Since 1965, Community Health Centers (CHCs) have delivered primary and preventive health care at free or reduced cost to disadvantaged and uninsured Americans (Hawkins and Schwartz 2003). Although political support for CHCs has varied over time, both Republicans and Democrats have recently championed their expansion. Between 2001 and 2007, the Federal Health Center Growth Initiative doubled CHC funding from $1 to $2 billion (US DHHS 2008). More recently, the Patient Protection and Affordable Care Act (PPACA) appropriates $11 billion to CHCs over five years in addition to $9.5 billion in annual discretionary funding with the goal of doubling the annual CHC patient population to 40 million by 2015.
Many studies provide highly suggestive evidence that CHCs increase health care access, improve health, and reduce health disparities, but a lack of data and reliance on cross-sectional methodology limits these studies? relevance for public policy. The broad goal of this project are to provide the best available evidence of the impact of CHCs on health care utilization and health outcomes from 1965 to the present and to use this knowledge to inform their expansion under the PPACA.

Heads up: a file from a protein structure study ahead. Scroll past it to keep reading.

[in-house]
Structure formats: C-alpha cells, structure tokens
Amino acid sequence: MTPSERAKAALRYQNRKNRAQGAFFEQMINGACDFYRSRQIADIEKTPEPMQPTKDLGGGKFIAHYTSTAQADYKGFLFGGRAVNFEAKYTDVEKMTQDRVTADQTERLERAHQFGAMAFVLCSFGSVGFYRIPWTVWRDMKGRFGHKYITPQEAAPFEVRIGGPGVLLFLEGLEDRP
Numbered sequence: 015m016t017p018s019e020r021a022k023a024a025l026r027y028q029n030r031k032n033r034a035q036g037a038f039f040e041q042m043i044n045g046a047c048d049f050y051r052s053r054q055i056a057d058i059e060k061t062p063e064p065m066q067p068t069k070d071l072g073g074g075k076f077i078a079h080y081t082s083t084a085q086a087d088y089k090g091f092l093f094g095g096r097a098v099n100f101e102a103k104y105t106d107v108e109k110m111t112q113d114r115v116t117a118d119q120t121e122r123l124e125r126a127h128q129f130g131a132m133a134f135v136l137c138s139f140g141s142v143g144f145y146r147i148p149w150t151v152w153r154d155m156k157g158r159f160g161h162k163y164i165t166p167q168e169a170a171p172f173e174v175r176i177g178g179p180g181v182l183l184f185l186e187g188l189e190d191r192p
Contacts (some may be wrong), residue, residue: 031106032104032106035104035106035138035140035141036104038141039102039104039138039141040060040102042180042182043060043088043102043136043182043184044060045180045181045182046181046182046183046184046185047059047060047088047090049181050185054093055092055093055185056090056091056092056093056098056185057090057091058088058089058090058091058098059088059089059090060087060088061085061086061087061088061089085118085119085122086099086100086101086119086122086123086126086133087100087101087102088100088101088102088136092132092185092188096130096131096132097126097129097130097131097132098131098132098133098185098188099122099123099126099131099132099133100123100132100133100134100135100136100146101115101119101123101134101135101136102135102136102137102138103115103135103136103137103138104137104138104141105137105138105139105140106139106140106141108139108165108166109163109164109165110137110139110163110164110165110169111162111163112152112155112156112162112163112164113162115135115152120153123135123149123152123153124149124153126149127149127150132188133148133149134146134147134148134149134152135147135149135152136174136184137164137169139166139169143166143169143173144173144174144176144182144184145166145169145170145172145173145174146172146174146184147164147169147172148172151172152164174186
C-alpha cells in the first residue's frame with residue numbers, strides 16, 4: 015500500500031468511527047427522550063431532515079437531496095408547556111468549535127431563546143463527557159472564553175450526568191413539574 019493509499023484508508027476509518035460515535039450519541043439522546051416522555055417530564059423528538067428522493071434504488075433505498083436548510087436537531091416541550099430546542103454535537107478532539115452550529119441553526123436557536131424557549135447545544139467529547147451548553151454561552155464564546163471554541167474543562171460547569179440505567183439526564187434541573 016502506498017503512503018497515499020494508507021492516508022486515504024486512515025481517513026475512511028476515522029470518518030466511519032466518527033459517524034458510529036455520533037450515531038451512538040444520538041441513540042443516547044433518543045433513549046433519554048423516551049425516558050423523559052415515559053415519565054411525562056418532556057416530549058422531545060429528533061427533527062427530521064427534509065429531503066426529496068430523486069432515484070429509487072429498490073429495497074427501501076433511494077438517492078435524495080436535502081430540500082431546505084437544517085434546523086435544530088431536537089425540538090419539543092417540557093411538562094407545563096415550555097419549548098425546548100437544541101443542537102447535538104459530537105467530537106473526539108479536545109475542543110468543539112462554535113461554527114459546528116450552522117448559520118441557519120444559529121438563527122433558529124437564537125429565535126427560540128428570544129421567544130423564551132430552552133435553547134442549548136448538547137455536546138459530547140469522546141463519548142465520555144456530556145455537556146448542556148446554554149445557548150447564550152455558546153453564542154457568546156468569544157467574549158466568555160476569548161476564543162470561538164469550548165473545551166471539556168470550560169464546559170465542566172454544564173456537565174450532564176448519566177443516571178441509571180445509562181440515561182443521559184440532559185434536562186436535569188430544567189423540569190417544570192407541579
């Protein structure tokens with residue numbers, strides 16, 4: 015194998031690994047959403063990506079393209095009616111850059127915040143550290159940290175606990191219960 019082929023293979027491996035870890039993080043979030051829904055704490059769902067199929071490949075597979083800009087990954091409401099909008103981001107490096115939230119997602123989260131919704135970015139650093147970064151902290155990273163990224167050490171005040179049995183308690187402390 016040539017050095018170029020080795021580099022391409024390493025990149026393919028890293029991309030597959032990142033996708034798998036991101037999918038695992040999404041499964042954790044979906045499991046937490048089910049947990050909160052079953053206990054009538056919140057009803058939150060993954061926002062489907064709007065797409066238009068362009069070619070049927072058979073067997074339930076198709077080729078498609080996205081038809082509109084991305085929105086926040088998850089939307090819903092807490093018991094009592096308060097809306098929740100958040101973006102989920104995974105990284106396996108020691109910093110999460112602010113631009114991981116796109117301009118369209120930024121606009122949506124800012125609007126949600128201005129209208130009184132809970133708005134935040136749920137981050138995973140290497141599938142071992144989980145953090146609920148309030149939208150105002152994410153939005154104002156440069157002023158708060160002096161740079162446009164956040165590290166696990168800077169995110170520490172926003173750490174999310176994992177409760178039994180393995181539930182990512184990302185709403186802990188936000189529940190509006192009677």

Specifically, we will (1) compile and digitize a comprehensive database on CHC availability and funding from 1965 to 2005 and release them for use by other researchers; (2) link this database to a variety of publically available databases and, for the 1974 to present period, link these data to a newly created ?Index of Medical Underservice? (IMU)?the basis of CHC funding today; (3) test the assumptions of alternative quasi-experimental methodologies for evaluating the causal impact of CHCs on health outcomes; and (4) quantify (based upon analysis in 3) across the age distribution and by race the impact of CHCs on use of health care, health outcomes, mortality, and other human capital investments.
This project will contribute to social science knowledge and public policy by providing new data for research on CHCs, producing a comprehensive analysis of the relationship between IMU rating and alternative measures of medical underservice (a topic important to current policy), developing and testing new methodologies for causal inference with observational data, and generating new, internally-valid estimates of the effects of investments in public health infrastructure on the health of Americans.